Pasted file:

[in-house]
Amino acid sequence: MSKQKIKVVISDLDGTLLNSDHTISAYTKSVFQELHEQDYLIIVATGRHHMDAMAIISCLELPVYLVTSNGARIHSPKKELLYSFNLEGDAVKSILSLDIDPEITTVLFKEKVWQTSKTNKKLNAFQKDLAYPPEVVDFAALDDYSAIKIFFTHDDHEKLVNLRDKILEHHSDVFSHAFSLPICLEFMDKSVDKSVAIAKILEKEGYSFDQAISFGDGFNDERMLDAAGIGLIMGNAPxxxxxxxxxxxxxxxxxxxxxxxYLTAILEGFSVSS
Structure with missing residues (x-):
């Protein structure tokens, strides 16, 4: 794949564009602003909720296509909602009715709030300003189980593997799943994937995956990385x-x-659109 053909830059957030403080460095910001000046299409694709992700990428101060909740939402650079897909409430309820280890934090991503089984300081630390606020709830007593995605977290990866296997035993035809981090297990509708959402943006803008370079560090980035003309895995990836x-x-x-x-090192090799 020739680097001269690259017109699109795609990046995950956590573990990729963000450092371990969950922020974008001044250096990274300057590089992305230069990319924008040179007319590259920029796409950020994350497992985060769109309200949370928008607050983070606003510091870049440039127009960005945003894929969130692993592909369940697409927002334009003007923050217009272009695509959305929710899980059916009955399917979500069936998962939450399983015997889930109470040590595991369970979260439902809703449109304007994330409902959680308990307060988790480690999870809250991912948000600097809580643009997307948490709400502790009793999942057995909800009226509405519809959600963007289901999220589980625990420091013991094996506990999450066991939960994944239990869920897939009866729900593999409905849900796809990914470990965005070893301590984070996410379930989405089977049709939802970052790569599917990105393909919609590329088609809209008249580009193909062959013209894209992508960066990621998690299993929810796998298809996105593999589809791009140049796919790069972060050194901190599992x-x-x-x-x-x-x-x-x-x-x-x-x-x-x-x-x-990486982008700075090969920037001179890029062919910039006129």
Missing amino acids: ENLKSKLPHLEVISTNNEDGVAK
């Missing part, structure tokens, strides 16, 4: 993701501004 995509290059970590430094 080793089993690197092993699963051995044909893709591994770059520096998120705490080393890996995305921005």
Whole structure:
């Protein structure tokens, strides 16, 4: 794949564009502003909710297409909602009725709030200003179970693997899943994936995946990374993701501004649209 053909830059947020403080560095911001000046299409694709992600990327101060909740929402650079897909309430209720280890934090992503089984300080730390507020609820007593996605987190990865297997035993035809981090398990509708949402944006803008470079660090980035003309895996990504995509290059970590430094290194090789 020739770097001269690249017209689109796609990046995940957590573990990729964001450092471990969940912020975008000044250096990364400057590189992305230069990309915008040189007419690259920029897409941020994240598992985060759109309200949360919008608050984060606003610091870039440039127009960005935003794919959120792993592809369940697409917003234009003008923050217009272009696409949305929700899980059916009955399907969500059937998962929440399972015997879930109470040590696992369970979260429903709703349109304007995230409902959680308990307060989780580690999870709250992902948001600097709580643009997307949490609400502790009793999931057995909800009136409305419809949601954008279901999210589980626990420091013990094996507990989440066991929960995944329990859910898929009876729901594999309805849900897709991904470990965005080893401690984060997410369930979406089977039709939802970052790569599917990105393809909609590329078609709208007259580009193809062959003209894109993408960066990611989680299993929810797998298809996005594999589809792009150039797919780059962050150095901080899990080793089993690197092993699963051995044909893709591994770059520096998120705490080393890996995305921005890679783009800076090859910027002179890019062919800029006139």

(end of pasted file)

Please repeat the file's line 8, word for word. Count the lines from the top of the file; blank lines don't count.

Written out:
């Protein structure tokens, strides 16, 4: 794949564009502003909710297409909602009725709030200003179970693997899943994936995946990374993701501004649209 053909830059947020403080560095911001000046299409694709992600990327101060909740929402650079897909309430209720280890934090992503089984300080730390507020609820007593996605987190990865297997035993035809981090398990509708949402944006803008470079660090980035003309895996990504995509290059970590430094290194090789 020739770097001269690249017209689109796609990046995940957590573990990729964001450092471990969940912020975008000044250096990364400057590189992305230069990309915008040189007419690259920029897409941020994240598992985060759109309200949360919008608050984060606003610091870039440039127009960005935003794919959120792993592809369940697409917003234009003008923050217009272009696409949305929700899980059916009955399907969500059937998962929440399972015997879930109470040590696992369970979260429903709703349109304007995230409902959680308990307060989780580690999870709250992902948001600097709580643009997307949490609400502790009793999931057995909800009136409305419809949601954008279901999210589980626990420091013990094996507990989440066991929960995944329990859910898929009876729901594999309805849900897709991904470990965005080893401690984060997410369930979406089977039709939802970052790569599917990105393809909609590329078609709208007259580009193809062959003209894109993408960066990611989680299993929810797998298809996005594999589809792009150039797919780059962050150095901080899990080793089993690197092993699963051995044909893709591994770059520096998120705490080393890996995305921005890679783009800076090859910027002179890019062919800029006139």